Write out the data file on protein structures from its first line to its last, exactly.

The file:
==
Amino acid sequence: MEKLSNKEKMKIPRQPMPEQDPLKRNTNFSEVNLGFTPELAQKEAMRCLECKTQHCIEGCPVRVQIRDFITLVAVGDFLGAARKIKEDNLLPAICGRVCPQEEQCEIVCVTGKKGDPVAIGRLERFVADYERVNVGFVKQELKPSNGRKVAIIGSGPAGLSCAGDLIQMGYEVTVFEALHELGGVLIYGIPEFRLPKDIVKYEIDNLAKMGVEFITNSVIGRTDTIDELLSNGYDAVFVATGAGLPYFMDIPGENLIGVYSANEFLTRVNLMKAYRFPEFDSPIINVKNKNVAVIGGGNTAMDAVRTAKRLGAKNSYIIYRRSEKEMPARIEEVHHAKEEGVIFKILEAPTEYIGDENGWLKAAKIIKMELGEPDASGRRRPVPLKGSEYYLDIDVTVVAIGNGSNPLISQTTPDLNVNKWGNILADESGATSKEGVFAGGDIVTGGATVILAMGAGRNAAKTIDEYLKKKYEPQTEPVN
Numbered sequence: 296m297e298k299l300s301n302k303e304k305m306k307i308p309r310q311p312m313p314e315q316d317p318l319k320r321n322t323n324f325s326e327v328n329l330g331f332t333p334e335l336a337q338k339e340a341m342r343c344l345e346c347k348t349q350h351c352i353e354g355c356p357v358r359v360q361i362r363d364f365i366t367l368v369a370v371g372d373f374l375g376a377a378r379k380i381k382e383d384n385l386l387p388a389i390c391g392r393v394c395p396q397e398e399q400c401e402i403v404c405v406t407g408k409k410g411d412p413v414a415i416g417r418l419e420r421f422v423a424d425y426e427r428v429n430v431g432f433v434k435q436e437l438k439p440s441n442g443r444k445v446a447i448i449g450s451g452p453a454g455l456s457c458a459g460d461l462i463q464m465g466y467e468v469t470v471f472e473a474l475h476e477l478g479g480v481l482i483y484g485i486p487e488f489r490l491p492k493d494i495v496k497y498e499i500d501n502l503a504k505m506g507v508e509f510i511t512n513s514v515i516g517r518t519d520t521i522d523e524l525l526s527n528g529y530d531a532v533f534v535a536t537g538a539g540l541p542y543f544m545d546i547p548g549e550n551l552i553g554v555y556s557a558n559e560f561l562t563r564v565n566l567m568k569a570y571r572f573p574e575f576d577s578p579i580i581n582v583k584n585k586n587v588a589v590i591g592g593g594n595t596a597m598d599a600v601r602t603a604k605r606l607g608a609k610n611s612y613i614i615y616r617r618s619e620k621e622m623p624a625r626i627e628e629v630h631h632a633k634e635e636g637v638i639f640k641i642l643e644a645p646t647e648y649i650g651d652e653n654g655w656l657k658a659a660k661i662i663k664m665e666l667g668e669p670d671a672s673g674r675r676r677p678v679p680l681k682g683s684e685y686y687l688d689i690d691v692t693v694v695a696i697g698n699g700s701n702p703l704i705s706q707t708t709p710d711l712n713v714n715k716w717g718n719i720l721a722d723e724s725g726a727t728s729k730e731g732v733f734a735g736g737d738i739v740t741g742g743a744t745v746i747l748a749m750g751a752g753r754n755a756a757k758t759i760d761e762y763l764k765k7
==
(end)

Amino acid sequence: MEKLSNKEKMKIPRQPMPEQDPLKRNTNFSEVNLGFTPELAQKEAMRCLECKTQHCIEGCPVRVQIRDFITLVAVGDFLGAARKIKEDNLLPAICGRVCPQEEQCEIVCVTGKKGDPVAIGRLERFVADYERVNVGFVKQELKPSNGRKVAIIGSGPAGLSCAGDLIQMGYEVTVFEALHELGGVLIYGIPEFRLPKDIVKYEIDNLAKMGVEFITNSVIGRTDTIDELLSNGYDAVFVATGAGLPYFMDIPGENLIGVYSANEFLTRVNLMKAYRFPEFDSPIINVKNKNVAVIGGGNTAMDAVRTAKRLGAKNSYIIYRRSEKEMPARIEEVHHAKEEGVIFKILEAPTEYIGDENGWLKAAKIIKMELGEPDASGRRRPVPLKGSEYYLDIDVTVVAIGNGSNPLISQTTPDLNVNKWGNILADESGATSKEGVFAGGDIVTGGATVILAMGAGRNAAKTIDEYLKKKYEPQTEPVN
Numbered sequence: 296m297e298k299l300s301n302k303e304k305m306k307i308p309r310q311p312m313p314e315q316d317p318l319k320r321n322t323n324f325s326e327v328n329l330g331f332t333p334e335l336a337q338k339e340a341m342r343c344l345e346c347k348t349q350h351c352i353e354g355c356p357v358r359v360q361i362r363d364f365i366t367l368v369a370v371g372d373f374l375g376a377a378r379k380i381k382e383d384n385l386l387p388a389i390c391g392r393v394c395p396q397e398e399q400c401e402i403v404c405v406t407g408k409k410g411d412p413v414a415i416g417r418l419e420r421f422v423a424d425y426e427r428v429n430v431g432f433v434k435q436e437l438k439p440s441n442g443r444k445v446a447i448i449g450s451g452p453a454g455l456s457c458a459g460d461l462i463q464m465g466y467e468v469t470v471f472e473a474l475h476e477l478g479g480v481l482i483y484g485i486p487e488f489r490l491p492k493d494i495v496k497y498e499i500d501n502l503a504k505m506g507v508e509f510i511t512n513s514v515i516g517r518t519d520t521i522d523e524l525l526s527n528g529y530d531a532v533f534v535a536t537g538a539g540l541p542y543f544m545d546i547p548g549e550n551l552i553g554v555y556s557a558n559e560f561l562t563r564v565n566l567m568k569a570y571r572f573p574e575f576d577s578p579i580i581n582v583k584n585k586n587v588a589v590i591g592g593g594n595t596a597m598d599a600v601r602t603a604k605r606l607g608a609k610n611s612y613i614i615y616r617r618s619e620k621e622m623p624a625r626i627e628e629v630h631h632a633k634e635e636g637v638i639f640k641i642l643e644a645p646t647e648y649i650g651d652e653n654g655w656l657k658a659a660k661i662i663k664m665e666l667g668e669p670d671a672s673g674r675r676r677p678v679p680l681k682g683s684e685y686y687l688d689i690d691v692t693v694v695a696i697g698n699g700s701n702p703l704i705s706q707t708t709p710d711l712n713v714n715k716w717g718n719i720l721a722d723e724s725g726a727t728s729k730e731g732v733f734a735g736g737d738i739v740t741g742g743a744t745v746i747l748a749m750g751a752g753r754n755a756a757k758t759i760d761e762y763l764k765k7